Wisconsin Judge Won’t Stay Ruling to Invalidate Voter ID Law

A Wisconsin judge refused to halt enforcement of his ruling that the state’s voter identification law is unconstitutional.

Wisconsin Circuit Judge Richard G. Niess in Madison today denied a request by Attorney General J.B. Van Hollen and the state agency that administers elections to enforce the ID law while they appeal his March 12 decision that it burdened otherwise qualified voters with a statutory requirement not found in the state’s constitution.

“An unconstitutional law is void ab initio,” Niess wrote, using a Latin phrase meaning from the inception. “It is as if it never existed. Therefore there can be no justification for enforcement.”

Signed into law by Governor Scott K. Walker in May, the measure required voters to present a government-issued photographic form of identification at their polling place such as a driver’s license, passport or military or college ID, before being permitted to vote.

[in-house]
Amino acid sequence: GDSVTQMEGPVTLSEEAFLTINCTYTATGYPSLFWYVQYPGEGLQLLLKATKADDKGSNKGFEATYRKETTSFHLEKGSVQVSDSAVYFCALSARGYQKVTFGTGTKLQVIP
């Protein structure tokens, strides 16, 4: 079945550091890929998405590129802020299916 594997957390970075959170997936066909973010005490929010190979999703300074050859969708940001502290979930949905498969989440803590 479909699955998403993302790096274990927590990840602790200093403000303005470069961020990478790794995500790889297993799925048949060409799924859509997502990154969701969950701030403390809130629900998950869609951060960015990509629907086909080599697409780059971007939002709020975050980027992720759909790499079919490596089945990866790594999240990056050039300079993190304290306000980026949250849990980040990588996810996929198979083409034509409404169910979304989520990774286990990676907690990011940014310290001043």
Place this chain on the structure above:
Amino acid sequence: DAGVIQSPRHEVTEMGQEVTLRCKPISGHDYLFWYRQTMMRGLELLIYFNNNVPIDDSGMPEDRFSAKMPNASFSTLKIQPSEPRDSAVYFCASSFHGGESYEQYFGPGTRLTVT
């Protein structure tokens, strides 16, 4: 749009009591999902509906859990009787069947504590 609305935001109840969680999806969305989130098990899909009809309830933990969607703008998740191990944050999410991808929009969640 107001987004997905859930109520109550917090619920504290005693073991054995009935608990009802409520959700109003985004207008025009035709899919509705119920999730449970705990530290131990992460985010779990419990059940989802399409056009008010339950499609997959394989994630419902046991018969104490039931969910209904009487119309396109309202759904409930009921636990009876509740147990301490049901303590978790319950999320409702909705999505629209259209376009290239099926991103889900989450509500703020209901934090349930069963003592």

Wisconsin is scheduled to hold its spring election and presidential primary on April 3.

Dana Brueck, a spokeswoman for Van Hollen, said he will seek similar relief from the state’s intermediate-level appellate court. The attorney general has already asked that court for permission to take his challenge directly to the state’s Supreme Court.

The case is League of Women Voters of Wisconsin v. Walker, 11cv4669, Dane County, Wisconsin, Circuit Court (Madison).

To contact the reporter on this story: Andrew Harris in Chicago at aharris16@bloomberg.net

To contact the editor responsible for this story: Michael Hytha at mhytha@bloomberg.net

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